The new changes to the library include an accessible and appealing entryway that maintains the space’s historic integrity and the introduction of an elevator. It is landscaped in a way that provides ample green and open space. There is a separate bathroom constructed for use by children and their caregivers. The older building did not have a conference room or private areas; the library now has a conference room with a divider, so that it can be used by two different groups. There is a multipurpose space that, according to Piantigini, “can do a lot. We can have an author talk, a lecture series, or we can show a movie in that space, because it also has an AV system, with a drop down screen.” The skylight on the second floor has been restored, and there is a new indoor/outdoor book drop. In addition, there are public bathrooms that can be used without actually having to go in through the library.

The West Branch is currently open for curbside service, which means that materials can be handed to guests at the door. A visitor can request books online or on the phone and pick up the things that they need right outside the library. In addition, the library can offer services like lending museum passes or printed items. While construction was going on, materials were temporarily moved to a different location, the Tufts Administration Building.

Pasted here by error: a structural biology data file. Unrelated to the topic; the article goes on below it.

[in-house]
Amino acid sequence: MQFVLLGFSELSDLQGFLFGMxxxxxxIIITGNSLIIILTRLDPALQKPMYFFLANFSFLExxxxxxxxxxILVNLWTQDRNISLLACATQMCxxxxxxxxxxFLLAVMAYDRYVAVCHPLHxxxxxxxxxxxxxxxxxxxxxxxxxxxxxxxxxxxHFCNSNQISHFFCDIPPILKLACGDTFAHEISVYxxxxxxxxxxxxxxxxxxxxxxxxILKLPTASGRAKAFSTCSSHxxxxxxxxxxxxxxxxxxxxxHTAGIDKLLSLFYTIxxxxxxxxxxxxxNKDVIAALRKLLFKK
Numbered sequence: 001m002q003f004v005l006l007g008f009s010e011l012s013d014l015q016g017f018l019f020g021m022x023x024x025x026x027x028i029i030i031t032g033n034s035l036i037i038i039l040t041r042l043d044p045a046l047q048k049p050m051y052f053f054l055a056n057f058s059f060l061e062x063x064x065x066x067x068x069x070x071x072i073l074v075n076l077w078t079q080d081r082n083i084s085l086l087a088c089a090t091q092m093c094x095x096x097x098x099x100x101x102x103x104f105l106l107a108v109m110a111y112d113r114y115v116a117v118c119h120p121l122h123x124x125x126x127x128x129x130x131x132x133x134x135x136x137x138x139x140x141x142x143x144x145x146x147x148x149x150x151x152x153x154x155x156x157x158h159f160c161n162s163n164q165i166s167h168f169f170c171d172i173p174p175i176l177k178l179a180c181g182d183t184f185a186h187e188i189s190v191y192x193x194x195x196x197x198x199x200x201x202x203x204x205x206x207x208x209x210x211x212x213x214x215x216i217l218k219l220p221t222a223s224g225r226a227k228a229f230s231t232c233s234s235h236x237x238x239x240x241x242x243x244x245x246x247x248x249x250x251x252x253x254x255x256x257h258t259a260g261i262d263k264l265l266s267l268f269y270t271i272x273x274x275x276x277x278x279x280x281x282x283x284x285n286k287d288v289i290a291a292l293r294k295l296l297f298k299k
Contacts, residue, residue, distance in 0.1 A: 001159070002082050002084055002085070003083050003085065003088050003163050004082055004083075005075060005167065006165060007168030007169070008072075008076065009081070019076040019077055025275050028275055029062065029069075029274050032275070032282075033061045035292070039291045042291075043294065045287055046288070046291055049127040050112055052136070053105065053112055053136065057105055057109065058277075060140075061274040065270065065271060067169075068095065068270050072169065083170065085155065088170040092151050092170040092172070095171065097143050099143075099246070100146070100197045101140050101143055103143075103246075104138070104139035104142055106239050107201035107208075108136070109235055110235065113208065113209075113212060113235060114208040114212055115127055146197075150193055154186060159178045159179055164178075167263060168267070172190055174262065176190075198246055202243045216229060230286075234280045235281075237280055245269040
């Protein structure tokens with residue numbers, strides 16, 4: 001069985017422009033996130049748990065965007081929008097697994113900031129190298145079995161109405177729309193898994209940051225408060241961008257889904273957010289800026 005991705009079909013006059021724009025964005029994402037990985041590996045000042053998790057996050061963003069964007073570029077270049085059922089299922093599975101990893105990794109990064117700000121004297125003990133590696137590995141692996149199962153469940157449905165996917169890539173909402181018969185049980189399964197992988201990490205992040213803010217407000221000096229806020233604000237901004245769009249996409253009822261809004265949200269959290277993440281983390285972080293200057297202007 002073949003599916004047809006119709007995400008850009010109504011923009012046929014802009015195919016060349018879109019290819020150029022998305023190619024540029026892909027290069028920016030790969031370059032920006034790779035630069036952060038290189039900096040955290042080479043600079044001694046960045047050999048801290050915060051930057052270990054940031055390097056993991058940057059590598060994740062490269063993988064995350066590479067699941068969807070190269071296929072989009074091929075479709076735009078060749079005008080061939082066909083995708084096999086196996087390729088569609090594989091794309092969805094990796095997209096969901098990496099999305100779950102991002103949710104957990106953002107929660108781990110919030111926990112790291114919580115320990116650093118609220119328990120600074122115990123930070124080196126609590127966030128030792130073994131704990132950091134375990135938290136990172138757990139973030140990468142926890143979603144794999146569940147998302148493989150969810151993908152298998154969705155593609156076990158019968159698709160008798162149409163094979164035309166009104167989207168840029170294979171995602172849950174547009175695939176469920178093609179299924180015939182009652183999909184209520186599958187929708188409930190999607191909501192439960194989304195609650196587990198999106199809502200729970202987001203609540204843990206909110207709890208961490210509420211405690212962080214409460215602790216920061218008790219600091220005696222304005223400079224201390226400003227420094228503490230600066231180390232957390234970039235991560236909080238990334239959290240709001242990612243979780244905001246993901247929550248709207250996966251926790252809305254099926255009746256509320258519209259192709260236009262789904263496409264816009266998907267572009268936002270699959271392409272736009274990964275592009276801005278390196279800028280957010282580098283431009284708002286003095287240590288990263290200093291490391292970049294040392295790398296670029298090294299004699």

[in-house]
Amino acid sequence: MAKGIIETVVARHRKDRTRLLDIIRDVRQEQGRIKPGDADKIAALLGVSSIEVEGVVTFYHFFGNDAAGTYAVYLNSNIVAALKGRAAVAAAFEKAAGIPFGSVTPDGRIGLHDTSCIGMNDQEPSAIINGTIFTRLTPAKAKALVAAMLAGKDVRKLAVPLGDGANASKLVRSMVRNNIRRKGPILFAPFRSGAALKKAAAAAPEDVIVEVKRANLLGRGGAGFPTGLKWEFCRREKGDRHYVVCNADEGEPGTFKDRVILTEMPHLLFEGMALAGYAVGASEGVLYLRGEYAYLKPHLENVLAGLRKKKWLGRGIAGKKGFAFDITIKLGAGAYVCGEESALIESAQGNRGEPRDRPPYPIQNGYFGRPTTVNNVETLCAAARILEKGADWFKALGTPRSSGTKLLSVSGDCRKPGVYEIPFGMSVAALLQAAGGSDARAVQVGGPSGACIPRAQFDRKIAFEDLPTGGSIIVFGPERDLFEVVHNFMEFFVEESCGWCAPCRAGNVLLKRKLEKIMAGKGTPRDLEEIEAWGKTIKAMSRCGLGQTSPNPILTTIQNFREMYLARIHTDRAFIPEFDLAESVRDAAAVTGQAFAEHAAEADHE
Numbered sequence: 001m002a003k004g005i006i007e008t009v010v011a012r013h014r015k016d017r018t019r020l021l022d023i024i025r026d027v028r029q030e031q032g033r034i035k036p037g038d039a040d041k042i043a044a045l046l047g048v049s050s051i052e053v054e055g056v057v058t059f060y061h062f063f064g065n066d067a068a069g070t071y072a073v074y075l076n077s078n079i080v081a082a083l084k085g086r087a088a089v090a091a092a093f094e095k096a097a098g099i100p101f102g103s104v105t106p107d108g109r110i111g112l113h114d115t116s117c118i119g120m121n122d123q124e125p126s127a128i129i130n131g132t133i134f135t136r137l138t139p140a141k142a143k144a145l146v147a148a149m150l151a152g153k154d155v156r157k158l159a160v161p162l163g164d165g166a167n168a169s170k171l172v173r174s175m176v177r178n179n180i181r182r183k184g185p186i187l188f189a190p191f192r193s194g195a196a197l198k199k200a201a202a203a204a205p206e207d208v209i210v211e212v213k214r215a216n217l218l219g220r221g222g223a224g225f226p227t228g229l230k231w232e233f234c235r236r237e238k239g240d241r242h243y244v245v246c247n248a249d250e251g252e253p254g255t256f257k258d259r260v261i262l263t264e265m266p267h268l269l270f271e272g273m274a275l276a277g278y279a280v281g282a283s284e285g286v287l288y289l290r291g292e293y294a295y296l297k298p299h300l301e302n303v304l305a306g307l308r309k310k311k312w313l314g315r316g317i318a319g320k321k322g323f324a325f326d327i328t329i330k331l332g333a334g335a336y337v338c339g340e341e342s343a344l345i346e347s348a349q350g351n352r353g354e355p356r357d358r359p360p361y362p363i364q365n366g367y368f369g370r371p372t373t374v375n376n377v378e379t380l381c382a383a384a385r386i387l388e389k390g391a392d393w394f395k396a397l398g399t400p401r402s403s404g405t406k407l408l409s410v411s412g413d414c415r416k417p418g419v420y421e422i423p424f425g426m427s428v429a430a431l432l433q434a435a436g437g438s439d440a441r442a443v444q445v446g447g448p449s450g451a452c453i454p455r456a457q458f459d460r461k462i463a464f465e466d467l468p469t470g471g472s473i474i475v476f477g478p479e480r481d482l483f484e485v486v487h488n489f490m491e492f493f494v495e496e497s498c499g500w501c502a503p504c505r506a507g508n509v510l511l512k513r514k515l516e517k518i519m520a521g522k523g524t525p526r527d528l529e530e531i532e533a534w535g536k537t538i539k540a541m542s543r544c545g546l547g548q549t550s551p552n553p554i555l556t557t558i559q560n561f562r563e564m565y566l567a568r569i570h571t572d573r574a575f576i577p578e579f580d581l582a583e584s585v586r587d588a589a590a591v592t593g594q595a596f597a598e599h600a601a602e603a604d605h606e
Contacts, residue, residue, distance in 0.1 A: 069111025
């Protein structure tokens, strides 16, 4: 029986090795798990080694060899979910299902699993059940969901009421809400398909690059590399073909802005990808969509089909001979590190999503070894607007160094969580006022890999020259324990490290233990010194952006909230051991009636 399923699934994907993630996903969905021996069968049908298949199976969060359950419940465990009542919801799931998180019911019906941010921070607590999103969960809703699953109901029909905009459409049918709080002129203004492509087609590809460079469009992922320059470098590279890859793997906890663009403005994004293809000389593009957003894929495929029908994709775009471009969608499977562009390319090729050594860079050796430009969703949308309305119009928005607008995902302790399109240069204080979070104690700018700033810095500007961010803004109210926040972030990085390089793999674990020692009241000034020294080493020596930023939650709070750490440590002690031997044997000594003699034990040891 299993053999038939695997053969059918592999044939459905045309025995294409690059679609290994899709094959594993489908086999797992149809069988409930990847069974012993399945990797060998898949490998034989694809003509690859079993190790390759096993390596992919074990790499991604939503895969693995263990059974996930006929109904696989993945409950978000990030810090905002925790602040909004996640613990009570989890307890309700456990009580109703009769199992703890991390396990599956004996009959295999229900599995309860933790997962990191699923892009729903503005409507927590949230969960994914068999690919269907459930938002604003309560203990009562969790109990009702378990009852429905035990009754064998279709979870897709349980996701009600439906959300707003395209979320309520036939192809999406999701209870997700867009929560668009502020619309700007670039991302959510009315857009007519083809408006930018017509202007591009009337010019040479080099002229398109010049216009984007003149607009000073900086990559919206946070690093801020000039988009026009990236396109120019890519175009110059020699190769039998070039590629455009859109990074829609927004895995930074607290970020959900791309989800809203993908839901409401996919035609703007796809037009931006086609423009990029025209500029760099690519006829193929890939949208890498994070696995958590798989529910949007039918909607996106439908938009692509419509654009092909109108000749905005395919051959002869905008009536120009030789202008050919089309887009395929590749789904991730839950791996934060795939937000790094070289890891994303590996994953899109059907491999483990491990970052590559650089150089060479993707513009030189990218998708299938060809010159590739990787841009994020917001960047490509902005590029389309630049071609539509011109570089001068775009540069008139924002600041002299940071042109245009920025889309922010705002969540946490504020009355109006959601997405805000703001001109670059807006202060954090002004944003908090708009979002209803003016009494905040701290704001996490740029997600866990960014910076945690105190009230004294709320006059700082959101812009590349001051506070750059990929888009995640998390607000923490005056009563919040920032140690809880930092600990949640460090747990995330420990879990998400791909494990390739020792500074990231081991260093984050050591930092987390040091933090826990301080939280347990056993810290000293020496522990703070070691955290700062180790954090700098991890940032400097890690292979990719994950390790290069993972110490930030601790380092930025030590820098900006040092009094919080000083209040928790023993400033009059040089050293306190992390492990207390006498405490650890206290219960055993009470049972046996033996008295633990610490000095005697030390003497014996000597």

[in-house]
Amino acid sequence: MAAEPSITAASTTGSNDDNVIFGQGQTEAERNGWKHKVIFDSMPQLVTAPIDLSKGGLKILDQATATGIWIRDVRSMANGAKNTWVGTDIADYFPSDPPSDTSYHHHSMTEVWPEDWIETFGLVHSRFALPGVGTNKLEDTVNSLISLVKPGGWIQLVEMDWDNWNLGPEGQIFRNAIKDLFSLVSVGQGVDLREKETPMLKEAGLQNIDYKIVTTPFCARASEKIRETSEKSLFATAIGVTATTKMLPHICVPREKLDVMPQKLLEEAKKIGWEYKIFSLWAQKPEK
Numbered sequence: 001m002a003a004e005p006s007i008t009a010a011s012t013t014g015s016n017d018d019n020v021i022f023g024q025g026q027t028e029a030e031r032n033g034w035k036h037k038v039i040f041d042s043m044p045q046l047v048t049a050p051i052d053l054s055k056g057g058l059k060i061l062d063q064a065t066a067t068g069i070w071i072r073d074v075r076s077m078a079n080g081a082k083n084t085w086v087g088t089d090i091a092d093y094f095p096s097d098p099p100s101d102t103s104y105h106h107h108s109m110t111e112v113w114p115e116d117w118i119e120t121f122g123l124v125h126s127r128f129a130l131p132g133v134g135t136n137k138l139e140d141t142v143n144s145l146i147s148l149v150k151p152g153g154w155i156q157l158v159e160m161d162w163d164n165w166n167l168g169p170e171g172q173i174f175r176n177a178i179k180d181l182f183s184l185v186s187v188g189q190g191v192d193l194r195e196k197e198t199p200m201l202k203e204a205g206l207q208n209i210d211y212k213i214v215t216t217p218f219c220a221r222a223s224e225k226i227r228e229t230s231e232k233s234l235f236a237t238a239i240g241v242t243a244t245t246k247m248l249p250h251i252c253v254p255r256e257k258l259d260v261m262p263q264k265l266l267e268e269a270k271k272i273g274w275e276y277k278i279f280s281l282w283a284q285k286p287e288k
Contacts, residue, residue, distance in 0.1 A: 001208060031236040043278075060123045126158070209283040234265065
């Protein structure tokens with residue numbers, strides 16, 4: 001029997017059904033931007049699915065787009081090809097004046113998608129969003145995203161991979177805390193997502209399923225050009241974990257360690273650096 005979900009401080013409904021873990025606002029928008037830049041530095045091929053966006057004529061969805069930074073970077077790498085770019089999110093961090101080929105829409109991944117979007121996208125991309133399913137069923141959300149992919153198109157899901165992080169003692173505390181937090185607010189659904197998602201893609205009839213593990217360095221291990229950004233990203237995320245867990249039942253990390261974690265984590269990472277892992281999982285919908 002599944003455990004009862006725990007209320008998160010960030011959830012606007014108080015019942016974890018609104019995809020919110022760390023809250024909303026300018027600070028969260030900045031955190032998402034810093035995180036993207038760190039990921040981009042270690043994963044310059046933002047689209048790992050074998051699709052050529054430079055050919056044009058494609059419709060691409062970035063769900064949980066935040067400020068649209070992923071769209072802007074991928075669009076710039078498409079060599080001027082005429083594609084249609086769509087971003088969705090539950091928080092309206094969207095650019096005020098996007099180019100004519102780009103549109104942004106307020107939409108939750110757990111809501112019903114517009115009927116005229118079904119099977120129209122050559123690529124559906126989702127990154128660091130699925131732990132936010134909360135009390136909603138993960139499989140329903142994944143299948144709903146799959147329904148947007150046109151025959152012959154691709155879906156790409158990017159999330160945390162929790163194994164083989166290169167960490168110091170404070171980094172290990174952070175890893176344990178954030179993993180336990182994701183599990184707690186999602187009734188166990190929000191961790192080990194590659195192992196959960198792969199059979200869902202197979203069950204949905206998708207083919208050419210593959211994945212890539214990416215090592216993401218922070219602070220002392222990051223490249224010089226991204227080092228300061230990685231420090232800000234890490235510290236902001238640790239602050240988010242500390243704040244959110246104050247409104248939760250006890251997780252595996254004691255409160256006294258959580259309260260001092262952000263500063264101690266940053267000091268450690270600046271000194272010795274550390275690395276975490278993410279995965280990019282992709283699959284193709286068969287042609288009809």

Alan Bingham, chair of the Somerville Historic Preservation Committee, has been actively involved in the renovation process and attested to the value of having a working library. Now that the building is wheelchair accessible, it is now a more welcoming and inviting space, also for mothers who may be using strollers to bring their children to a place where they can learn to read.

“I’m an avid reader,” said Bingham. “I think of libraries as being the repository of all human knowledge—not only knowledge, but our imaginations and art. I see libraries as being terribly important.”

Piantigini said that libraries are spaces where people can come together, study, and grow, regardless of what their social, cultural, or economic situations may be.

“What makes them all special is that they really are the only ‘third space’ in your community where every age group, every gender, every economic background, immigrant or nonimmigrant—we all can come to the library,” said Piantigini. “Whether you have everything or nothing, you can come to the library and meet each other, borrow things, or sit and read the newspaper. It doesn’t cost anything. It’s the one place where we can all be together and learn from each other. I can’t think of another place like that.”

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Shira Laucharoen is assistant director of the Boston Institute for Nonprofit Journalism and assistant editor and staff reporter of the Somerville Wire.